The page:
AAP Psychiatric Education Award

Association for Academic Psychiatry Selects Michael Travis, MD
for 2014 Psychiatric Education Award

Congratulations to Michael Travis, MD, on his selection for the 2014 Psychiatric Education Award from the Association for Academic Psychiatry. 

The Psychiatric Education Award recognizes innovative and exemplary psychiatric educators and/or educational programs at the medical school, residency and faculty development levels for their outstanding contributions to educating non-psychiatrists and/or the general public about psychiatry.  The Association will present Dr. Travis with the award on September 20, 2014 at its annual meeting in Portland, Oregon. As part of the award, Dr. Travis will present a lecture at the meeting and will receive a cash award.

Since his recruitment by the University of Pittsburgh Department of Psychiatry in 2005, Dr. Travis has played a major role in developing and implementing programming to enhance training experiences for medical students and residents.  His contributions to educational programming utilize models developed by him and his colleagues that can be adapted by other institutions seeking to enhance their own educational programming in Psychiatry.  

The Academic Administrator Clinician Educator (AACE) Track for psychiatric residents is an excellent example of Dr. Travis? foresight and vision, and serves as a model for other psychiatric residency programs.  Launched in 2008, the AACE track is part of an institution-wide movement towards promoting future academic leaders in clinical care, continuing education, and administration.  The goal of the track is to provide residents with a better understanding of research fundamentals, teaching methods, quality improvement approaches, and program development and administration. Residents have presented their projects at local and national professional meetings, and collaborated on manuscripts based on their work.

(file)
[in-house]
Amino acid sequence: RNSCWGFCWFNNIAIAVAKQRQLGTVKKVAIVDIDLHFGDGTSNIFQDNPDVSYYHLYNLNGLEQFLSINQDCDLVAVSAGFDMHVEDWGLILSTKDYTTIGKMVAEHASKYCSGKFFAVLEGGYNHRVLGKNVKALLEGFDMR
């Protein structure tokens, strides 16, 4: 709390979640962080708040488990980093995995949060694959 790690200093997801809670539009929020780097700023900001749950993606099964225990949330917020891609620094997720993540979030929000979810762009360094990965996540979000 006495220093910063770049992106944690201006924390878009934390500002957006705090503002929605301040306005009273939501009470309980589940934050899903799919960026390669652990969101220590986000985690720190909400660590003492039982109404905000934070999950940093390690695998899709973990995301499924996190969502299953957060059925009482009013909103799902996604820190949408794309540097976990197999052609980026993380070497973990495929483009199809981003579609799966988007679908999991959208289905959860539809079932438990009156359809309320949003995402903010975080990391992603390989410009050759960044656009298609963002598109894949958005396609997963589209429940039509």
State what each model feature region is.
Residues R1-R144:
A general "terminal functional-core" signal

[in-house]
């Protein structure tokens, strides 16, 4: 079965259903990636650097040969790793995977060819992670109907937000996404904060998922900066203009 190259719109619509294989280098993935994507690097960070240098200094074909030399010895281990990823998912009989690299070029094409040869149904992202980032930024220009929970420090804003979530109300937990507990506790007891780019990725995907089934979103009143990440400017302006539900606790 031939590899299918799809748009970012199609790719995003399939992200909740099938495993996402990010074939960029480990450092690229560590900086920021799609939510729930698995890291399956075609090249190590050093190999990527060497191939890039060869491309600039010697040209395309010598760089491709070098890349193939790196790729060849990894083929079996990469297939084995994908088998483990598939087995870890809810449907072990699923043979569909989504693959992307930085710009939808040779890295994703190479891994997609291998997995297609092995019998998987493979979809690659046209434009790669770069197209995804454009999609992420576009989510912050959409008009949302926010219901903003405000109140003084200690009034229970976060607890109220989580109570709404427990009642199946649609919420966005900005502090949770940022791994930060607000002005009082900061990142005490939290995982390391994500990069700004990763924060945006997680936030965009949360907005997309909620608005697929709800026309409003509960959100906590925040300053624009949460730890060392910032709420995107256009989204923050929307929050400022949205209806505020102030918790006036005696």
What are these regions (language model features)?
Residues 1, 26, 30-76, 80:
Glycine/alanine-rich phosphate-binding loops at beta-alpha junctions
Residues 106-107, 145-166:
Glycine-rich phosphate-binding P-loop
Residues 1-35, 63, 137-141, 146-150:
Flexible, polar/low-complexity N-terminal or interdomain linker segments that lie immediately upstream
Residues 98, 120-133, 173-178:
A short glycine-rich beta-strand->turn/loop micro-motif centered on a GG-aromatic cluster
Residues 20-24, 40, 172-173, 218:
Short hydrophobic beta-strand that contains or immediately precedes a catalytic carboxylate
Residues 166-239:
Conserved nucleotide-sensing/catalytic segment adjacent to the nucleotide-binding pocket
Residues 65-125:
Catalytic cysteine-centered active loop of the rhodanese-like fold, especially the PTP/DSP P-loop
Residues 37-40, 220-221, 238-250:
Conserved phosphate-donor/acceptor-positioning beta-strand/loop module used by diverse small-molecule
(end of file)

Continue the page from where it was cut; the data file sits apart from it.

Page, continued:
Dr. Travis is also an innovator in the development and implementation of novel teaching methods and training initiatives, and increasing mutual learning opportunities for faculty and trainees. He led an effort to rewrite the United Kingdom edition of the Oxford American Handbook of Psychiatry, a 1,000-page pocket-size resource book designed for easy use in clinical settings.  He also oversaw implementation of the annual Objective Structured Clinical Examinations (OSCEs) for residents, which engaged faculty to develop Board-style clinical vignettes, OSCE questions, and the recruitment of standardized patients, and culminating in a one-day exam with up to 26 stations.  

Dr. Travis has energetically employed new technology to enhance instruction and learning.  He pioneered the installation of firewall compliant webcams on resident computers to record psychotherapy sessions that are used to enhance the quality of psychotherapy supervision. Through the WPIC Wide Journal Club that he established in 2008, PGY2 residents hone their dissemination skills by presenting a recent peer-reviewed article and participating in a discussion with the audience and a panel of senior faculty experts. Dr. Travis also has utilized Camtasia software to create a permanent but revisable online archive of didactic content and a toolbox of resources for faculty to use to facilitate participatory classroom learning. 

On a national level, Dr. Travis is active member of several professional organizations and scientific societies, and has served in leadership positions and on committees and councils to guide those organization?s activities.  He is a dedicated member of the American Association of Directors of Psychiatry Residency Training (AADPRT), serving in numerous capacities including Treasurer, the Region 3 Representative, and as a member of the Association?s Steering Committee and Executive Council.  He will begin serving as the AADPRT representative to American College of Psychiatrists? Editorial Board for the Psychiatry Resident-In-Training Examination (PRITE®) in August 2014.   He also serves on the Program Committee for the Annual Meeting of the Society for Biological Psychiatry.

In addition to his extensive teaching and administrative responsibilities, Dr. Travis has pursued his interest in translational neuroscience in the classroom as well as the laboratory.  In addition to conducting educational research, he has collaborated on studies exploring drug action and neural systems using functional and neurochemical imaging.  Among his most recent projects is a collaboration with colleagues at peer institutions to form the National Neuroscience Curriculum Initiative, a project aimed at creating an educational framework, based on adult learning theory and educational best practices, to make the latest cutting edge findings from Clinical Neuroscience available to all learners in a way that is understandable and will inform patient centered care.